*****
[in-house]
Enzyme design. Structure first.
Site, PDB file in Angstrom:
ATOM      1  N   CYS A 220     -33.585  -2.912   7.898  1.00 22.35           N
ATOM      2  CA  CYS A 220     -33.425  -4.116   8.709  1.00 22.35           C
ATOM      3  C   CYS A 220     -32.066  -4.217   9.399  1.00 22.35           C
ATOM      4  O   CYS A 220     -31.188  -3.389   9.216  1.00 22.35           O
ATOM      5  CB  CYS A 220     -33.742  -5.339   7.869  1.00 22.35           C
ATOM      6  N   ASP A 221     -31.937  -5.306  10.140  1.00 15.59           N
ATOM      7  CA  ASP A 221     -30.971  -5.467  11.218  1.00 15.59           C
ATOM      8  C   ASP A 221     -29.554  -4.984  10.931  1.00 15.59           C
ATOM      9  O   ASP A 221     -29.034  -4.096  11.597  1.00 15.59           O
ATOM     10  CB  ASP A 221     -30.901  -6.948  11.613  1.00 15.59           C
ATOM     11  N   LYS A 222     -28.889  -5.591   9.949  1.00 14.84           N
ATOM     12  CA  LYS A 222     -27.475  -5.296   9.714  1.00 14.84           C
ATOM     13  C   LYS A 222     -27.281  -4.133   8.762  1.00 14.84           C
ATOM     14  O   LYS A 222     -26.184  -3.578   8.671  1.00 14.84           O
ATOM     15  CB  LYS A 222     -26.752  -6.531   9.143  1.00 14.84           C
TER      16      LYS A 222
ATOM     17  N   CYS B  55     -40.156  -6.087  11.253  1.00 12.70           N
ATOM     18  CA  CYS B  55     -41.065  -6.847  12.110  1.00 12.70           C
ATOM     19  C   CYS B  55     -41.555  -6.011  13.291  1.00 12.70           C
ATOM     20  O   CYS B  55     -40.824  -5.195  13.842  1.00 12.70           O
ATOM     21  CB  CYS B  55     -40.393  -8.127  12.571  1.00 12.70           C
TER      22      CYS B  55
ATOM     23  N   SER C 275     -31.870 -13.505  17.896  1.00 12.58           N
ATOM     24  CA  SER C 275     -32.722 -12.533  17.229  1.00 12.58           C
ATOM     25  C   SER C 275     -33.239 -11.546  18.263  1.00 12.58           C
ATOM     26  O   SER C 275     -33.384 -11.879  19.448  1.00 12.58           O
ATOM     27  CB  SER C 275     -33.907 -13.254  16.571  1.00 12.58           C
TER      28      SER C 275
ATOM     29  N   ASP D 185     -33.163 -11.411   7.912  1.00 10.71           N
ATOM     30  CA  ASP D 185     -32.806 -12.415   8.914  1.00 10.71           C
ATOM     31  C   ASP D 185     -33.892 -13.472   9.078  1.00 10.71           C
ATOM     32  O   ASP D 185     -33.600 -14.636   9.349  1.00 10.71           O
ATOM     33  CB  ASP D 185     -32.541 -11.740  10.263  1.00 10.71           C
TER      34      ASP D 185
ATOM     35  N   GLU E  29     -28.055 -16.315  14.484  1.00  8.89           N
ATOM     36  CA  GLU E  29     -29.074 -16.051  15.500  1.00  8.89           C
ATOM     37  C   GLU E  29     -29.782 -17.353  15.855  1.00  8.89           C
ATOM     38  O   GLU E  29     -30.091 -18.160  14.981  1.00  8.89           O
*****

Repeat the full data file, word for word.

[in-house]
Enzyme design. Structure first.
Site, PDB file in Angstrom:
ATOM      1  N   CYS A 220     -33.585  -2.912   7.898  1.00 22.35           N
ATOM      2  CA  CYS A 220     -33.425  -4.116   8.709  1.00 22.35           C
ATOM      3  C   CYS A 220     -32.066  -4.217   9.399  1.00 22.35           C
ATOM      4  O   CYS A 220     -31.188  -3.389   9.216  1.00 22.35           O
ATOM      5  CB  CYS A 220     -33.742  -5.339   7.869  1.00 22.35           C
ATOM      6  N   ASP A 221     -31.937  -5.306  10.140  1.00 15.59           N
ATOM      7  CA  ASP A 221     -30.971  -5.467  11.218  1.00 15.59           C
ATOM      8  C   ASP A 221     -29.554  -4.984  10.931  1.00 15.59           C
ATOM      9  O   ASP A 221     -29.034  -4.096  11.597  1.00 15.59           O
ATOM     10  CB  ASP A 221     -30.901  -6.948  11.613  1.00 15.59           C
ATOM     11  N   LYS A 222     -28.889  -5.591   9.949  1.00 14.84           N
ATOM     12  CA  LYS A 222     -27.475  -5.296   9.714  1.00 14.84           C
ATOM     13  C   LYS A 222     -27.281  -4.133   8.762  1.00 14.84           C
ATOM     14  O   LYS A 222     -26.184  -3.578   8.671  1.00 14.84           O
ATOM     15  CB  LYS A 222     -26.752  -6.531   9.143  1.00 14.84           C
TER      16      LYS A 222
ATOM     17  N   CYS B  55     -40.156  -6.087  11.253  1.00 12.70           N
ATOM     18  CA  CYS B  55     -41.065  -6.847  12.110  1.00 12.70           C
ATOM     19  C   CYS B  55     -41.555  -6.011  13.291  1.00 12.70           C
ATOM     20  O   CYS B  55     -40.824  -5.195  13.842  1.00 12.70           O
ATOM     21  CB  CYS B  55     -40.393  -8.127  12.571  1.00 12.70           C
TER      22      CYS B  55
ATOM     23  N   SER C 275     -31.870 -13.505  17.896  1.00 12.58           N
ATOM     24  CA  SER C 275     -32.722 -12.533  17.229  1.00 12.58           C
ATOM     25  C   SER C 275     -33.239 -11.546  18.263  1.00 12.58           C
ATOM     26  O   SER C 275     -33.384 -11.879  19.448  1.00 12.58           O
ATOM     27  CB  SER C 275     -33.907 -13.254  16.571  1.00 12.58           C
TER      28      SER C 275
ATOM     29  N   ASP D 185     -33.163 -11.411   7.912  1.00 10.71           N
ATOM     30  CA  ASP D 185     -32.806 -12.415   8.914  1.00 10.71           C
ATOM     31  C   ASP D 185     -33.892 -13.472   9.078  1.00 10.71           C
ATOM     32  O   ASP D 185     -33.600 -14.636   9.349  1.00 10.71           O
ATOM     33  CB  ASP D 185     -32.541 -11.740  10.263  1.00 10.71           C
TER      34      ASP D 185
ATOM     35  N   GLU E  29     -28.055 -16.315  14.484  1.00  8.89           N
ATOM     36  CA  GLU E  29     -29.074 -16.051  15.500  1.00  8.89           C
ATOM     37  C   GLU E  29     -29.782 -17.353  15.855  1.00  8.89           C
ATOM     38  O   GLU E  29     -30.091 -18.160  14.981  1.00  8.89           O